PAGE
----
Today, the Matron and her husband decided it would be 'fun' to rent a couple extra bikes and take the entire family for an easy 17 mile jaunt around Lake Itasca.

Before continuing, please pause and consider:

Stryer, who is not really interesting in going.

Scarlett, who once bumped her elbow during a ski lesson and swore of Sport for all eternity, who has never ridden a bike with gears, who (unless this is a theater) is not a trooper, and who is prone to hysteria.

Merrick, who is slated to ride tandem behind John and has never been on a bike for more than his city block. But wild horses could not stop Merrick because he has learned there is a Fire Tower at mile 11 and he's all about that! The fire tower!!!!

The weather, with a forecast of occasional showers.

The bike path, which becomes a one way street about a quarter of the way in. Once you're in for 5 miles, you're in for the whole shebang.

Ding, ding, ding go the starting gate bells! It is 10:30 am.

Off they go! Within a mile, the Matron understands that hers are a loud people.

"MOM. HOW DO YOU MOVE A GEAR?"

"I CAN'T DO THIS! I CAN'T GO THAT FAST!"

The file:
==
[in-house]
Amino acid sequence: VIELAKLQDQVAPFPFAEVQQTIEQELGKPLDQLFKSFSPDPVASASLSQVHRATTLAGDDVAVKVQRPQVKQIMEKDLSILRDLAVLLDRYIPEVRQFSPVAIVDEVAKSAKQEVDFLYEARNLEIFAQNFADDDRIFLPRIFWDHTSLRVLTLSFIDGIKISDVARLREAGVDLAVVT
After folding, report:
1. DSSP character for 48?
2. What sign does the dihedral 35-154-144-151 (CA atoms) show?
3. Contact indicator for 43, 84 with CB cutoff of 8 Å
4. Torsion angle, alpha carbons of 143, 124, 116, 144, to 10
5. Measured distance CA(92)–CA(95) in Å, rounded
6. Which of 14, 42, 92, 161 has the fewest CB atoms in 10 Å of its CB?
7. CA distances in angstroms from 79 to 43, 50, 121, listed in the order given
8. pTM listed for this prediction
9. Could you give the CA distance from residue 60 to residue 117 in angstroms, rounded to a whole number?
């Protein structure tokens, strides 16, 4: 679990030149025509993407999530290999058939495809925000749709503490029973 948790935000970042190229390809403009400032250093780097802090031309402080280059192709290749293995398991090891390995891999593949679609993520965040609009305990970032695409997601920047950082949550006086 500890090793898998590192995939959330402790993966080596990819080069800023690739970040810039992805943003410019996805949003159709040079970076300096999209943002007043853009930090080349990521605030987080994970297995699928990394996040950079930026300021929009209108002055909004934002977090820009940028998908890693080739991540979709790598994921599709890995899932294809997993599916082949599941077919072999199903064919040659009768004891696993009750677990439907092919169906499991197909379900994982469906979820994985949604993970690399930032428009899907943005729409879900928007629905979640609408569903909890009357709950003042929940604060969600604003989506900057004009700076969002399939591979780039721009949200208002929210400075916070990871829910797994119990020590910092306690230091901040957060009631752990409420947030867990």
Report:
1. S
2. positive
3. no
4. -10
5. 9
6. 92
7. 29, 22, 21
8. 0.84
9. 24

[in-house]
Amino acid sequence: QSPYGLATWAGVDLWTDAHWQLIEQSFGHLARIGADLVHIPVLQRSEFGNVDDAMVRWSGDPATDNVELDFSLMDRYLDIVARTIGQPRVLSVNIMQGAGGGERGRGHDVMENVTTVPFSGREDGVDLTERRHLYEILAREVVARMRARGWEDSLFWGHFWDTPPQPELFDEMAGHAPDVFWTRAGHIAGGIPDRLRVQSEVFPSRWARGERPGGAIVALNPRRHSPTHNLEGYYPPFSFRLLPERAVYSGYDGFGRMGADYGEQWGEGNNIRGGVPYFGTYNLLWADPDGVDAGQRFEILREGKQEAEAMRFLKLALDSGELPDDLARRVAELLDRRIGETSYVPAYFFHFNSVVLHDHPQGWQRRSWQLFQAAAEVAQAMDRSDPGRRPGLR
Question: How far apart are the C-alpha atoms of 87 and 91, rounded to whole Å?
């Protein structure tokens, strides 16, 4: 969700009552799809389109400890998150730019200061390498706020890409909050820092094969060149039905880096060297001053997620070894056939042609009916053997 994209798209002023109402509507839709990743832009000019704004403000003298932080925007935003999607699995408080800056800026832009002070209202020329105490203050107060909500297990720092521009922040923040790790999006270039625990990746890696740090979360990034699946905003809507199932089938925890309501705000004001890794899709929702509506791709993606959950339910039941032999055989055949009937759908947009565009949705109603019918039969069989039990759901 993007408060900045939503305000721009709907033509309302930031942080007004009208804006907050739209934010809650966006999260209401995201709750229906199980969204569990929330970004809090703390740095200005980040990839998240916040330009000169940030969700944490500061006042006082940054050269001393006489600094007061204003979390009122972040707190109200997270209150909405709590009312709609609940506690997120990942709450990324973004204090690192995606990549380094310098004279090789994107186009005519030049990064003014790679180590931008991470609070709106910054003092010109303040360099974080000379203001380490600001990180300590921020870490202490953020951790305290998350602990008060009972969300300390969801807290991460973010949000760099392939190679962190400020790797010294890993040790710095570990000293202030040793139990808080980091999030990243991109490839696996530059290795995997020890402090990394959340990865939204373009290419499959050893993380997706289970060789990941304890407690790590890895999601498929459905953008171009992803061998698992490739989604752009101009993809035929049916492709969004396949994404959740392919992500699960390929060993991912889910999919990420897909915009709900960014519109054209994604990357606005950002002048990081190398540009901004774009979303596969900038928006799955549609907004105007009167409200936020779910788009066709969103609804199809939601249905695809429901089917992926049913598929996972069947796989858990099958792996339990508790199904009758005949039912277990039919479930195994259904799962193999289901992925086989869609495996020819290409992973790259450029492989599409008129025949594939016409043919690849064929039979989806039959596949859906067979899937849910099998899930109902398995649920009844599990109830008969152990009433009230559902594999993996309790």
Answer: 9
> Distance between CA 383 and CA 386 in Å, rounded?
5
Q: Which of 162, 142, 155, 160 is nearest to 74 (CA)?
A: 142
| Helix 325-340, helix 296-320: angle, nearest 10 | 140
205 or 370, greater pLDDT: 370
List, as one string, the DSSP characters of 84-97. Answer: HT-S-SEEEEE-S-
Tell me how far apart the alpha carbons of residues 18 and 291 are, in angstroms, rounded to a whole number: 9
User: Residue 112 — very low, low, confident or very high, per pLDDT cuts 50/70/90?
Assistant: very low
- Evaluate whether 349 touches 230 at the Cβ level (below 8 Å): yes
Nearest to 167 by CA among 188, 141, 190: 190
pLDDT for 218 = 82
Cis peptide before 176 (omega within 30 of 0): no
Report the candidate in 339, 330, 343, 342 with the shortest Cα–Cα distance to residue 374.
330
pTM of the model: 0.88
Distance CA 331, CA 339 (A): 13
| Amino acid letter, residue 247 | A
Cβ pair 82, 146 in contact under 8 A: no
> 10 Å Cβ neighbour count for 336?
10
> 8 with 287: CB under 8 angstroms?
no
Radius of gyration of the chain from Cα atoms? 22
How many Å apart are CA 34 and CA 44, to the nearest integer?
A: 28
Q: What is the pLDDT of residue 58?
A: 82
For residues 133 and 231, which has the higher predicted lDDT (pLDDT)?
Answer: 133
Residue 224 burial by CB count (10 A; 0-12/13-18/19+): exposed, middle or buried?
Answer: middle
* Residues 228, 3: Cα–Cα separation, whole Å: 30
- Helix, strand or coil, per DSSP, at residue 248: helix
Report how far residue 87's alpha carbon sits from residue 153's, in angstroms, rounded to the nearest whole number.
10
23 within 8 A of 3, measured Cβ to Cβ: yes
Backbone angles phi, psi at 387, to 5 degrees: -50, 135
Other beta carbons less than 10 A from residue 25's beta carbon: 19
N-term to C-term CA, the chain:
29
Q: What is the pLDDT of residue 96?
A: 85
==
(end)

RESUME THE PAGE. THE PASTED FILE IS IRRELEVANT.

"WATCH OUT! ANOTHER BIKER IS COMING!"

"MOM! MY BUTT HURTS!"

"MOM! MY HANDS ARE BLISTERING!"

"HOW LONG TO THE FIRE TOWER?"

Scarlett starts weeping and wailing smack dab at the half mile mark. You see, she cannot possibly withstand the stress of shifting.

There are general squabbles and complaints and gentle light rain, here and there, and stops at the Headwaters and later the Gift Shop and one million thousand billion mosquitoes until they turn the corner of commitment onto the one-way trail of No Return and then they get this.

Occasional shower?


The skies part and the wrath of the Lord-Allah-Buddha-Oprah pours down upon the Matron and her children (John too, but he's a Man and can take it).

They are not even halfway through.

Rain like this means the Mosquito Feasting Invitational. They bike through hordes, visible as buzzing humming moving clouds. They bike up up up hills and down. Back up, up, up. At one point, Scarlett stops her bike on a hill and sobs (genuinely): "Mama! I can't make it!"